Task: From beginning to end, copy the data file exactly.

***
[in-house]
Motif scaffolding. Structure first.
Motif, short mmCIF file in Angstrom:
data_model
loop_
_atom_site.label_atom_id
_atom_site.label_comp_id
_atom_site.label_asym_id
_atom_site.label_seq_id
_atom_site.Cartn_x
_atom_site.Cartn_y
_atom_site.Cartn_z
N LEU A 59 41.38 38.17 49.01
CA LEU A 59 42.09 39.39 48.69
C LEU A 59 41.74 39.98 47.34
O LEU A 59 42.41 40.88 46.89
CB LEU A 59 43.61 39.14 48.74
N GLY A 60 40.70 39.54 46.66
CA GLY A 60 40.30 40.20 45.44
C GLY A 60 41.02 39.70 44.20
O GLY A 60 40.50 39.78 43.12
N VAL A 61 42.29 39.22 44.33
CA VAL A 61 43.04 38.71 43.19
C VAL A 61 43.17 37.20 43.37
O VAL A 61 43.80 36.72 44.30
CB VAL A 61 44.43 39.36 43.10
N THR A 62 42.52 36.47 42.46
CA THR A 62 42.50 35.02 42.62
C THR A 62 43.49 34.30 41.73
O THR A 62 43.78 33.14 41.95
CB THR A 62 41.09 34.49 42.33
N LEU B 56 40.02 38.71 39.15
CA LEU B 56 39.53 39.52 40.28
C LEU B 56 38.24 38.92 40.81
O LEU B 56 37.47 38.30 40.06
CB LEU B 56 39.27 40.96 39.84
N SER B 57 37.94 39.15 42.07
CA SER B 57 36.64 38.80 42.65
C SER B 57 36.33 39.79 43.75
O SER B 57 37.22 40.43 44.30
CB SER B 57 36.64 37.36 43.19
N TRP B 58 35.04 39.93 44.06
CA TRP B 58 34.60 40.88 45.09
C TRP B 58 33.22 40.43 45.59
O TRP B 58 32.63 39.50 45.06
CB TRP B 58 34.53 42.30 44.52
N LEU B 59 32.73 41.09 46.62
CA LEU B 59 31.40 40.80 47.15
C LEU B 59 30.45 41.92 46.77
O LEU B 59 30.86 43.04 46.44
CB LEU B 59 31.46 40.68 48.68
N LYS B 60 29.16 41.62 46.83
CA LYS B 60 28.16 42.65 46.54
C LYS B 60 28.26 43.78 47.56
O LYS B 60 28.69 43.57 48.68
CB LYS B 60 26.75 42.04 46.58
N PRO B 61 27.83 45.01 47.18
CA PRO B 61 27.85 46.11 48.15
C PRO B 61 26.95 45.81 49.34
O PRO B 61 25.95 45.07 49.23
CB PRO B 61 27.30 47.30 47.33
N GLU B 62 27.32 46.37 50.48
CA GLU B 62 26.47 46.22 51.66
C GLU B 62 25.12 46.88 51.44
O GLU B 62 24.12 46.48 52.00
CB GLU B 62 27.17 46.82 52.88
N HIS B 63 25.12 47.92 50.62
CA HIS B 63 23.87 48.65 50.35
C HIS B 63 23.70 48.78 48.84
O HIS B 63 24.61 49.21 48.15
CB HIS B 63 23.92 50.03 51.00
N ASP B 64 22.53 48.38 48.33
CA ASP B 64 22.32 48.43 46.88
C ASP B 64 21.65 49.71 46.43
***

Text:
[in-house]
Motif scaffolding. Structure first.
Motif, short mmCIF file in Angstrom:
data_model
loop_
_atom_site.label_atom_id
_atom_site.label_comp_id
_atom_site.label_asym_id
_atom_site.label_seq_id
_atom_site.Cartn_x
_atom_site.Cartn_y
_atom_site.Cartn_z
N LEU A 59 41.38 38.17 49.01
CA LEU A 59 42.09 39.39 48.69
C LEU A 59 41.74 39.98 47.34
O LEU A 59 42.41 40.88 46.89
CB LEU A 59 43.61 39.14 48.74
N GLY A 60 40.70 39.54 46.66
CA GLY A 60 40.30 40.20 45.44
C GLY A 60 41.02 39.70 44.20
O GLY A 60 40.50 39.78 43.12
N VAL A 61 42.29 39.22 44.33
CA VAL A 61 43.04 38.71 43.19
C VAL A 61 43.17 37.20 43.37
O VAL A 61 43.80 36.72 44.30
CB VAL A 61 44.43 39.36 43.10
N THR A 62 42.52 36.47 42.46
CA THR A 62 42.50 35.02 42.62
C THR A 62 43.49 34.30 41.73
O THR A 62 43.78 33.14 41.95
CB THR A 62 41.09 34.49 42.33
N LEU B 56 40.02 38.71 39.15
CA LEU B 56 39.53 39.52 40.28
C LEU B 56 38.24 38.92 40.81
O LEU B 56 37.47 38.30 40.06
CB LEU B 56 39.27 40.96 39.84
N SER B 57 37.94 39.15 42.07
CA SER B 57 36.64 38.80 42.65
C SER B 57 36.33 39.79 43.75
O SER B 57 37.22 40.43 44.30
CB SER B 57 36.64 37.36 43.19
N TRP B 58 35.04 39.93 44.06
CA TRP B 58 34.60 40.88 45.09
C TRP B 58 33.22 40.43 45.59
O TRP B 58 32.63 39.50 45.06
CB TRP B 58 34.53 42.30 44.52
N LEU B 59 32.73 41.09 46.62
CA LEU B 59 31.40 40.80 47.15
C LEU B 59 30.45 41.92 46.77
O LEU B 59 30.86 43.04 46.44
CB LEU B 59 31.46 40.68 48.68
N LYS B 60 29.16 41.62 46.83
CA LYS B 60 28.16 42.65 46.54
C LYS B 60 28.26 43.78 47.56
O LYS B 60 28.69 43.57 48.68
CB LYS B 60 26.75 42.04 46.58
N PRO B 61 27.83 45.01 47.18
CA PRO B 61 27.85 46.11 48.15
C PRO B 61 26.95 45.81 49.34
O PRO B 61 25.95 45.07 49.23
CB PRO B 61 27.30 47.30 47.33
N GLU B 62 27.32 46.37 50.48
CA GLU B 62 26.47 46.22 51.66
C GLU B 62 25.12 46.88 51.44
O GLU B 62 24.12 46.48 52.00
CB GLU B 62 27.17 46.82 52.88
N HIS B 63 25.12 47.92 50.62
CA HIS B 63 23.87 48.65 50.35
C HIS B 63 23.70 48.78 48.84
O HIS B 63 24.61 49.21 48.15
CB HIS B 63 23.92 50.03 51.00
N ASP B 64 22.53 48.38 48.33
CA ASP B 64 22.32 48.43 46.88
C ASP B 64 21.65 49.71 46.43